Journal of World History 11.2 (2000) 387-389
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Russia's Orient: Imperial Borderlands and Peoples, 1700-1917
Russia's Orient: Imperial Borderlands and Peoples, 1700-1917. Edited by DANIEL R. BROWER and EDWARD J. LAZZERINI. Bloomington and Indianapolis: Indiana University Press, 1997. Pp. xx + 339. $39.95 (cloth); $19.95 (paper).
Now that both the Romanovs and the Soviets have failed in their attempts to tie "forever" Russia's "oriental borderlands" to "Great Russia," the time is propitious to analyze the past three centuries of Russian approaches, perceptions, and policies towards its numerous inorodtsy (non-Christian subjects).
The policies of Tsarist Russia evolved from unsuccessful efforts at proselytizing to a tolerance of native traditions (religious ones included), but Russian suspicion of native institutions remained. The conquered peoples were initially treated as vassals, then as colonial subjects, and finally selectively as potential citizens, but the attainment of the last stage was much more accessible to Christians, such as Georgians or Armenians, than to Muslims, for example.
Administratively, St. Petersburg subjected Russia's Orient to a variety of forms of governance, ranging from protectorates (Khiva, Bukhara), administration by namestniks who exercised powers similar to British India's viceroys (Caucasus), governors-general with namestnik powers (Turkestan, Steppe Region), or else a standard administration headed by regular governors (as in Crimea). Whatever the approach, the tendency was toward curtailment, not toward increased recognition of local separateness.
The long history of Russian low esteem of "Asians," which developed after the collapse of the Mongol Horde, and the subsequent conquest of Kazan and of Western Siberia, combined with the suspicion toward all non-Orthodox inovertsy and especially non-Christian [End Page 387] inorodtsy, significantly affected Russian attitudes towards its eastern subjects.
This collection of articles by fourteen contributors, dedicated to the father of contemporary western vostokovedenie, Alexander Bennigsen, is a welcome addition to the study of the history of Russian encounters with its own Orient. Following Bennigsen's approach, the collection has avoided taking an exclusively Russo-centric line, and has made place for mutual perceptions between the conquerors and the conquered. The volume contains two parts: the first, entitled "Empire and Orient," can easily be divided into "Perceptions" and "Policies."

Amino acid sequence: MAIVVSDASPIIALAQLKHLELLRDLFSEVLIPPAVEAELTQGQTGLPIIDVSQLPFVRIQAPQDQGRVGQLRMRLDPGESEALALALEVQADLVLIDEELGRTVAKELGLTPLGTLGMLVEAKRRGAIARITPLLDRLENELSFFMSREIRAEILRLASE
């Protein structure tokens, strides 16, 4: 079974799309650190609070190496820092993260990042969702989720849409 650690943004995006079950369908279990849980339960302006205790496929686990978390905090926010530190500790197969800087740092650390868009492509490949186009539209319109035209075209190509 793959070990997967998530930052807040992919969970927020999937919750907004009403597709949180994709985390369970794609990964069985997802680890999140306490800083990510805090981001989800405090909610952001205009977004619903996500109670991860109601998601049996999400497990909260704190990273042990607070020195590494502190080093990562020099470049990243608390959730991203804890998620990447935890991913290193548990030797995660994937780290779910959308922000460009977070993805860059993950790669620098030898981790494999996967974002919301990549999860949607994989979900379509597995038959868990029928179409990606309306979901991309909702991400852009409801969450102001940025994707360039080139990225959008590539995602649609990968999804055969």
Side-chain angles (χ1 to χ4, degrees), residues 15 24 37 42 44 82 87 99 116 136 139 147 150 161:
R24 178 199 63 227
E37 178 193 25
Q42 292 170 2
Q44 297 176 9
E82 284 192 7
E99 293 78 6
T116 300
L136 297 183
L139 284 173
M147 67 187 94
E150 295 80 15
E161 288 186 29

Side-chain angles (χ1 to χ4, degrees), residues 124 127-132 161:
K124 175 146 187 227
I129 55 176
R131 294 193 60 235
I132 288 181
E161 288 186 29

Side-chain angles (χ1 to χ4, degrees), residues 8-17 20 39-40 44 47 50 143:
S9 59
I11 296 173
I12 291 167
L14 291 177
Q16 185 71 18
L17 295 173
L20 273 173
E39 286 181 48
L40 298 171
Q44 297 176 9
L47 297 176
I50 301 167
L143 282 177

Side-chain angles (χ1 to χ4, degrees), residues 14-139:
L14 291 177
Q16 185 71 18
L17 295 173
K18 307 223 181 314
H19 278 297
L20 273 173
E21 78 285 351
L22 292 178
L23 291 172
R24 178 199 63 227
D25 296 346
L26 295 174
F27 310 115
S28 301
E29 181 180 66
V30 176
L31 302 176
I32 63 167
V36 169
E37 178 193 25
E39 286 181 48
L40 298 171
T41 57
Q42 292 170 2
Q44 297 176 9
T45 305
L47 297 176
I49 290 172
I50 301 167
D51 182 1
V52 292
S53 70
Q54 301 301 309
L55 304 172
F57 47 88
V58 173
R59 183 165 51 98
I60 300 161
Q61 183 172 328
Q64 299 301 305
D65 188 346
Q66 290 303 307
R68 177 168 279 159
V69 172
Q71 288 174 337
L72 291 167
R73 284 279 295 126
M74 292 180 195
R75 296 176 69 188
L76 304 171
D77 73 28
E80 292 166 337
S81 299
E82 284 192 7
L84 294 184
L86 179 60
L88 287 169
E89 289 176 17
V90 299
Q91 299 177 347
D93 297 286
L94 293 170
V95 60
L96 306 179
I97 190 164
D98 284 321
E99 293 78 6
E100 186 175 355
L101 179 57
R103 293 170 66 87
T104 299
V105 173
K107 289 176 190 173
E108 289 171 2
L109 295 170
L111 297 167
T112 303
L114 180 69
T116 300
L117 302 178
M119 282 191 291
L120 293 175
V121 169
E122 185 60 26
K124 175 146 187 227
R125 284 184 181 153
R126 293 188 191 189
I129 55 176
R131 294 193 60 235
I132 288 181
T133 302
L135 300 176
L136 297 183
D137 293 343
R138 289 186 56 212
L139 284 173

From the outset, Mikhail Khodarkovsky sets the framework for this collection by underlining the initial misunderstanding between Russia and its new Asian subjects: "What the local chiefs considered a peace treaty concluded with the newly arrived strangers, Moscow regarded as the chief's oath of allegiance. . . ." Time and again, from Siberia to the Kazakh steppes, the same age-old "misunderstanding," deliberately brought about by the conqueror and typical of all colonizations, took place, leading to Russian (and later Soviet) claims about the voluntary character of Russian annexations.
Dov Yaroshevski's contribution traces the development of the Russian notion of civil society and the perceived necessity to implant it in the Russian Orient. He stresses the use of the term grazhdanstvennost (state of civil society), which for some reason he translates as "citizenship" (grazhdanstvo), but defines correctly in the discussion that follows. Yaroshevski sees grazhdanstvennost as a "process of passage to citizenship," something that according to the Russian views he quotes, should transform a "natural man" (as Russia's eastern subjects were defined) into a "member of a civil society," and finally into a citizen.
In his piece devoted to the Caucasus, Austin Lee Jersild continues to discuss Russian views on transforming the "natural" savage (dikii) man into a citizen. Jersild stresses the importance attached by Russian observers to the establishment of civil rule (grazhdanskoe upravlenie). The Caucasian natives, however, are said to have been reluctant to assume citizen's obligations (especially the military service in the Russian army, a precondition for integration), while beginning to clamor for civil rights (grazhdanskie prava).
Daniel Brower discusses the Russian colonial policy of "respectful tolerance" of ethnically diverse inhabitants in Turkestan, especially under the rule of the outstanding governor-general Konstantin von Kaufman. The latter followed a policy of ignorirovanie (paying no attention, but not interfering) with the practice of Muslim traditions, while...